LOS ANGELES (CBSLA.com) — A swarm of earthquakes that rattled the Salton Sea area earlier this week has increased the probability of a major quake hitting Southern California.

The California Office of Emergency Services (OES) issued an earthquake advisory warning residents and officials in Ventura, San Diego, San Bernardino, Riverside, Orange, Los Angeles, Kern and Imperial counties that there was a greater possibility of a major earthquake through Oct. 4.

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More than 140 seismic events have been recorded near Bombay Beach beginning Monday ranging from magnitude 1.4 to 4.3, according to U.S. Geological Services (USGS) seismologists.

A USGS graphic illustrating a swarm of earthquakes in the Brawley seismic zone as of Monday evening. (courtesy USGS)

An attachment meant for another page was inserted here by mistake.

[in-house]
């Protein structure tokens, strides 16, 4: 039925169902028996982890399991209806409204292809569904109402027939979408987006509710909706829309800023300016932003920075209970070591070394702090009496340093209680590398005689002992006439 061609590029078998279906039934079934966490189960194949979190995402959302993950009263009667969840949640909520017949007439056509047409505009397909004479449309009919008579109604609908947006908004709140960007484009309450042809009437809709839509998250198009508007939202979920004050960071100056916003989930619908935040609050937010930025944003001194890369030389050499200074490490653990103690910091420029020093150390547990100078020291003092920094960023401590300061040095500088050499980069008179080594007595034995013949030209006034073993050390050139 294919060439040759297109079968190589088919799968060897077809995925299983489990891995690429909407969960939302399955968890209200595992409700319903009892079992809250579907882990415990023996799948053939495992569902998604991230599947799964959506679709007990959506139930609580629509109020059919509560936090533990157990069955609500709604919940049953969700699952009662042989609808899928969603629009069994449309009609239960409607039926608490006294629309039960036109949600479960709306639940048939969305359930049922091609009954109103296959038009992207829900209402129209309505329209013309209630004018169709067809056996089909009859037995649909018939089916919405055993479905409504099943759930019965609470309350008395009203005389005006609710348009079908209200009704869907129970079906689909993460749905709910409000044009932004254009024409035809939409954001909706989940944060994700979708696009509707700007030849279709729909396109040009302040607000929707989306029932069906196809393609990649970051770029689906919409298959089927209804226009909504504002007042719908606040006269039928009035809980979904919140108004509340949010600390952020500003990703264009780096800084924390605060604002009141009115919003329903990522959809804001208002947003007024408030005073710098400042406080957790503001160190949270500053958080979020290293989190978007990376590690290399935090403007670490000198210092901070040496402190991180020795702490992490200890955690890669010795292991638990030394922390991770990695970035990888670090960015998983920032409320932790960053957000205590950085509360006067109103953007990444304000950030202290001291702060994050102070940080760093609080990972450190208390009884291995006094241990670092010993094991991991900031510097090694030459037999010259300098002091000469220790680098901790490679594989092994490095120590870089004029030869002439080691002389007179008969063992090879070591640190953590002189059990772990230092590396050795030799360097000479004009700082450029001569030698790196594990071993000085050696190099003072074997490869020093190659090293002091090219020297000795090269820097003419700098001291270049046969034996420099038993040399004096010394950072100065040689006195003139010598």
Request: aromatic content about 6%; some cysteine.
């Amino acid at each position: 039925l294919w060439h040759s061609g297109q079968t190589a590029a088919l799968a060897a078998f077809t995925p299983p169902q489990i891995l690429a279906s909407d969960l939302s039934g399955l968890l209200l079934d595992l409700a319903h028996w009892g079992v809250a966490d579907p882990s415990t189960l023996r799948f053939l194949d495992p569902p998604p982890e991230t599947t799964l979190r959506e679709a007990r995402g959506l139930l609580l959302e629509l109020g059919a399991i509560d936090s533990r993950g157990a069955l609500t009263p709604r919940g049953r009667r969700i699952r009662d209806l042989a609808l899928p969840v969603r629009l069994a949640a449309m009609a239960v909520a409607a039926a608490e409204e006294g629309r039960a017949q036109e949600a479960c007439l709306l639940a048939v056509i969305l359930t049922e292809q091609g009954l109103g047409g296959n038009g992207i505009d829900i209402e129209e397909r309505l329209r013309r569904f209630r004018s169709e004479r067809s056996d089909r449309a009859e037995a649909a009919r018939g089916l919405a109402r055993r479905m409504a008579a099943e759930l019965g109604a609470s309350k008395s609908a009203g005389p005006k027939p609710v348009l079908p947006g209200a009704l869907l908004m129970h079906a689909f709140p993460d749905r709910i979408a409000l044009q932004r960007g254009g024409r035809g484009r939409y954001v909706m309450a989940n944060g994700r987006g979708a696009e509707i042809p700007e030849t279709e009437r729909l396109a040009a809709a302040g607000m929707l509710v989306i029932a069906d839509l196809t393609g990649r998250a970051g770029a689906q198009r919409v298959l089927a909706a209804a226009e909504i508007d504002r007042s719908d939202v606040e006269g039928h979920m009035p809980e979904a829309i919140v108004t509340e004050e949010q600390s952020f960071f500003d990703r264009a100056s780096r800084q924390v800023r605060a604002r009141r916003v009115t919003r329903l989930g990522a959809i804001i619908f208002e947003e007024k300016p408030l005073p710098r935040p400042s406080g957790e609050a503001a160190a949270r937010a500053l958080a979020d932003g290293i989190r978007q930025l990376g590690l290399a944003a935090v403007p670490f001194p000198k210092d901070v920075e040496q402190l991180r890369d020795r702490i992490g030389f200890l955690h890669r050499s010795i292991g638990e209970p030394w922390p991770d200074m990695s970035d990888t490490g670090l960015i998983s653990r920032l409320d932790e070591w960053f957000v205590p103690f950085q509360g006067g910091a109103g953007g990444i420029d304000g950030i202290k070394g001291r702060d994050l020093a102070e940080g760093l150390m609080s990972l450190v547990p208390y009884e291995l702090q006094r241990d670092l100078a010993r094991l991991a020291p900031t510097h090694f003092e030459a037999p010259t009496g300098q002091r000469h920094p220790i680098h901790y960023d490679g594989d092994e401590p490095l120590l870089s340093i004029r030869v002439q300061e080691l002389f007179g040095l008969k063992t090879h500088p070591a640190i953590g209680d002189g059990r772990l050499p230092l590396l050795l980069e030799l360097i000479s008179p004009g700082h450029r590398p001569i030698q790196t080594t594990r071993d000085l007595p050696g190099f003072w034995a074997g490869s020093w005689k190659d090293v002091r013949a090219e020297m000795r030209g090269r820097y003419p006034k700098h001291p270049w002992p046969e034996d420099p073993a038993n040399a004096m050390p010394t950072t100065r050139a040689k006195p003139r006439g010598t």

A graphic illustrating a swarm of earthquakes in the Brawley seismic zone as of Monday evening. (courtesy USGS)

“California is earthquake country. We must always be prepared and not let our guard down,” said OES Director Mark Ghilarducci. “The threat of an earthquake on the San Andreas Fault hasn’t gone away, so this is another important opportunity for us to revisit our emergency plans and learn what steps you need to take if a significant earthquake hits.”

The swarm occurred in a region known as the Brawley seismic zone, which is located near a fault network that connects the southernmost end of the San Andreas fault with the Imperial fault.

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Scientists say some of the cross-faults are positioned to potentially add stress to the San Andreas fault and the San Jacinto fault system when they rupture.

According to the USGS, preliminary data indicated a roughly one percent chance of a magnitude 7 or greater earthquake being triggered on the Southern San Andreas fault within the next seven days “with the likelihood decreasing over time.”

But in a tweet posted on Friday, seismologist Dr. Lucy Jones said the swarm “is over & increased risk mostly gone”.

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The most recent quake in the swarm above magnitude 2.4 was a magnitude 3.2 temblor that struck around 11 a.m. Thursday.